Of owls, pigeons and glow in the dark piggies

After my tongue in cheek column about glow in the dark plants, scientist daughter has been emailing me information about the fluorescent protein. Bottom line is, dear Reader, the technology is here and is already routine in genetics. Not perhaps for a low tech plant breeder in Tikorangi, but the fluoro green pigs in Taiwan were pretty amazing. Green all through too, even to their internal organs. Zebra fish are now available overseas in genetically modified, iridescent pink, glow in the dark stripes. All from a gene isolated from jellyfish which converts to a protein and allows the development of a range of different colours. I mention this in case you don’t like green.

Before you throw your hands in the air in horror, the advantage of a fluoro green pig is in tracking the development of new cells (medical research of huge potential for many people) without having to resort to invasive techniques on live pigs. So there are pros and cons of glow in the dark piggies though I suspect a glow in the dark zebra fish is solely of novelty value, just as a glow plant would be.

But back to nature in our own garden. Some years ago, I landed the task of writing garden descriptions for nigh on seventy different gardens which stretched my vocabulary somewhat. Leaving aside the plethora of tranquil havens and peaceful retreats, a very large number of gardens wanted to highlight their birdsong. I recall having a discussion as to whose gardens in particular we would allow to include birdsong as a special feature, given that it did not seem to be unique at all. When Mark read of a garden proudly proclaiming over 30 different bird songs, he spent some time listing all the ones we have and came up well short, even when he cheated and included birds that do not sing.

But how many gardens have a family of resident moreporks? We have been delighted this week to have a family of five take up residence in one of our trees. Momma, poppa and the three young ones hang out together during the day in the castanospermum (commonly referred to as the Moreton Bay chestnut). While the parents sleep, the young ones are wide eyed and nervous, watching us watching them. Moreporks are as cute as any owl with their great big eyes giving them a perpetually startled appearance and their round, fluffy bodies. We are entranced. In the evening they fly around catching moths and if you watch a lighted window long enough, you may see the flash of wings as they swoop in to catch the fluttering prey. In the day they just hang about, their mere presence upsetting the tuis and other birds which fly under their roosting tree. You can hear their agitated chatter.

In our park, Mark is keeping a watchful eye on a nesting kereru. These clumsy big birds appear to have small brain power (dinosaurs of the ornithological world?) and are remarkably useless at building secure nests and raising young successfully. For years, Mark has been attempting to gently protect nesting wood pigeons and this year’s family is no exception. They have a flimsy nest built at eye level in a large holly bush and as it is highly likely that the baby will fall out and land on the ground sooner, rather than later, Mark has constructed a fence to protect it from predators. Festoons of bird netting a safe distance out, supported by poles and pegged to the ground will be sufficient, he hopes, to keep out rats, our lethargic ginger cat, wild cats and other predators for long enough to enable him to carry out a rescue should it be necessary.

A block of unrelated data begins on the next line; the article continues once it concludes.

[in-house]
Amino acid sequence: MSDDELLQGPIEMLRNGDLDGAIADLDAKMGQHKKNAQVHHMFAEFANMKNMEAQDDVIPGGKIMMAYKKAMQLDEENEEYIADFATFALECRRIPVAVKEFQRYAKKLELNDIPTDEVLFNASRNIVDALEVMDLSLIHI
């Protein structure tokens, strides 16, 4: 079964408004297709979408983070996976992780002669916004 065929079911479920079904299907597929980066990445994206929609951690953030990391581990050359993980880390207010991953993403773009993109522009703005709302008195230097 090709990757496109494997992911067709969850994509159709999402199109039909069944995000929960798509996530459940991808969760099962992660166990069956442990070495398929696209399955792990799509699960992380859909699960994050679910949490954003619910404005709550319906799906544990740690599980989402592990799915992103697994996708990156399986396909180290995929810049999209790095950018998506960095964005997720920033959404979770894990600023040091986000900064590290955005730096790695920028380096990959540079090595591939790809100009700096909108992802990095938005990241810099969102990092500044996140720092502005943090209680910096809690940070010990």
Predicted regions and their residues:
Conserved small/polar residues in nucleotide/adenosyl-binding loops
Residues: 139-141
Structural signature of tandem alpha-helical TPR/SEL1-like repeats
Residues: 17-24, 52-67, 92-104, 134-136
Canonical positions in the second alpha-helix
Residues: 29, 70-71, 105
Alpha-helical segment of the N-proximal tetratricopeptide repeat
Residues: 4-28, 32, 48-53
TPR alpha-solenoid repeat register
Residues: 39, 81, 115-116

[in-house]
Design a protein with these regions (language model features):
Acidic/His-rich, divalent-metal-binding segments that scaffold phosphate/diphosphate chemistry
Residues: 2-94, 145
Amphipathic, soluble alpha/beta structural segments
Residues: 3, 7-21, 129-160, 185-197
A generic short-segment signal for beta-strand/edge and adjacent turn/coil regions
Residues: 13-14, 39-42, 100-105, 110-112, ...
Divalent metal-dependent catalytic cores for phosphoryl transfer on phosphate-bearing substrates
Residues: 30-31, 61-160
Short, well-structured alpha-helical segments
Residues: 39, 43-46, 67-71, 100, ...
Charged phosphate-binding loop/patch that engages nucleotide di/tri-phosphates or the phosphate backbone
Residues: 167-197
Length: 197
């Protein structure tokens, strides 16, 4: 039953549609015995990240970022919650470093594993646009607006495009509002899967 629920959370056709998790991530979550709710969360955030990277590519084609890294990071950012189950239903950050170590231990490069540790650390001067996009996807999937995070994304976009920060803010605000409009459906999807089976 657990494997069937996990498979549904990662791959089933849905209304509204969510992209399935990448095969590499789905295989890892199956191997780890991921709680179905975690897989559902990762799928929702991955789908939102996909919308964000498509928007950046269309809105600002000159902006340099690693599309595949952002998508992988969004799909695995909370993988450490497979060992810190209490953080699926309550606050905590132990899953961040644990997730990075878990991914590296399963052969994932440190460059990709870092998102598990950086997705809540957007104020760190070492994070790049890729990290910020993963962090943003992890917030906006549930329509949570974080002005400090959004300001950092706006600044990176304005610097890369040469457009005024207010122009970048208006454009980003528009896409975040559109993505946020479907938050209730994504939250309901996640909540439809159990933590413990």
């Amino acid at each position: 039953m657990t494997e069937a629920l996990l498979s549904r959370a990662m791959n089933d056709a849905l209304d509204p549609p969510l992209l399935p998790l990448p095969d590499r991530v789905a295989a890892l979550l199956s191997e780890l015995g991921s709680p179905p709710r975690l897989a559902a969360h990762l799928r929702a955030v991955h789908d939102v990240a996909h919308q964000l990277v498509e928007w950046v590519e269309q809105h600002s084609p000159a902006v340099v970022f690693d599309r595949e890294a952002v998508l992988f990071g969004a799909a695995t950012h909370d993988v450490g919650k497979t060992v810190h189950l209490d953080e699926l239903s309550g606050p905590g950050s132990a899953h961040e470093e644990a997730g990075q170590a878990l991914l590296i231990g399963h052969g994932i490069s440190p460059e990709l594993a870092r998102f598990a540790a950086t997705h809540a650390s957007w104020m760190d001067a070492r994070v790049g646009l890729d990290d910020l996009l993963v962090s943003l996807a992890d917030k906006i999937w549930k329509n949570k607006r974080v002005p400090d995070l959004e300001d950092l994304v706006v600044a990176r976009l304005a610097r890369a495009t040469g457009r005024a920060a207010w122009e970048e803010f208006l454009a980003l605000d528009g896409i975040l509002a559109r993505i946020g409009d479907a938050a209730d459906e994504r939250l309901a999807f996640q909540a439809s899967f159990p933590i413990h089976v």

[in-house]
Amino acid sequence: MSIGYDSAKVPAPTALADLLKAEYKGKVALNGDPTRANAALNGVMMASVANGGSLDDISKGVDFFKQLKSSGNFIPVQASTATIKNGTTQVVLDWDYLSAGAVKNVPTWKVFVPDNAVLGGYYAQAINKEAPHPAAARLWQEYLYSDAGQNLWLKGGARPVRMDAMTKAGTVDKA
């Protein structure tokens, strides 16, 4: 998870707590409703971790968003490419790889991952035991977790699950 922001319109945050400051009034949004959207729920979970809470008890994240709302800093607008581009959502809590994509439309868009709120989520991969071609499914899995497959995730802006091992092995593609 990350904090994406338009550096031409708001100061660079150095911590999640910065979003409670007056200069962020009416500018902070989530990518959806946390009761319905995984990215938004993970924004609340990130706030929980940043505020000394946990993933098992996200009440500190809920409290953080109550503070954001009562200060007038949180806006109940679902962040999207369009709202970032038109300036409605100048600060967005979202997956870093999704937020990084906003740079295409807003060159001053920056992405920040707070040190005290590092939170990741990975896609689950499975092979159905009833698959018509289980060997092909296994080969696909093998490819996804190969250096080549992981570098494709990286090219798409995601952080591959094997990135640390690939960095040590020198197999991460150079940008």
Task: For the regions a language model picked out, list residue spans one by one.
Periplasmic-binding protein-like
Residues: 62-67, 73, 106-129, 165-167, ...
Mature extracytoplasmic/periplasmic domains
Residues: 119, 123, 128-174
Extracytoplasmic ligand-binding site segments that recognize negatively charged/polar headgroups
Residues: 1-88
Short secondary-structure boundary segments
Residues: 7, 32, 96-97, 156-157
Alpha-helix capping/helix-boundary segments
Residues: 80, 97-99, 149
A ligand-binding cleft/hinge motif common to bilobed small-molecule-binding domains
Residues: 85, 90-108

This security netting took him the better part of half a day to install. As it is white bird netting, he came up feeling rather pleased that he had created something that reminded him a fairy castle. I went to have a look and it reminded me more of a shroud. Garden visitors assumed it was something to do with gathering the seed of the plant it surrounded. Baby kereru is now on the move. It can’t fly yet but it hops around the tree so is highly likely to end up on the ground soon. Maybe the combined efforts of its parents and Mark will keep it alive long enough to achieve independence.

We have yet to find where the quail are nesting but Mark is worried because they make nests on the ground and he envisages a distressing flurry of loose feathers should we get them with the weed eater. Commonly referred to as Californian quail, we have welcomed a resident pair into our garden. Not only are they endearingly attractive but their sounds of communication are gentle on the ear. We would be delighted if the population increased. We haven’t had resident quail in the garden for many years so the continued survival of this pair is a hopeful sign that the predator population is not too bad.

The rosellas may have signed their death warrants. Bright and attractive they may be with their jewel like plumage as they flash through the trees, but the news from a colleague that they ate every single bud of his Magnolia Vulcan this year did not endear them to us at all. New Zealand may rue the day that these Aussie imports were allowed to get well established in the wild here. And while their death warrants may be signed, how to carry out the executions is a different matter altogether. They are very quick birds.

While we would love to have a resident kaka, our friend and colleague at Oakura is rueing the presence of one in his garden. This particular visitor clearly disapproves of the introduction of exotic species. It has inflicted considerable damage ripping off large chunks of bark from rare conifers. We think we could forgive it, should it decide to move to our garden. These very rare birds have an amazing call but are seldom seen on the lowlands.

If you want to read a little more about the glow in the dark pigs, go to:
http://news.bbc.co.uk/1/hi/world/asia-pacific/4605202.stm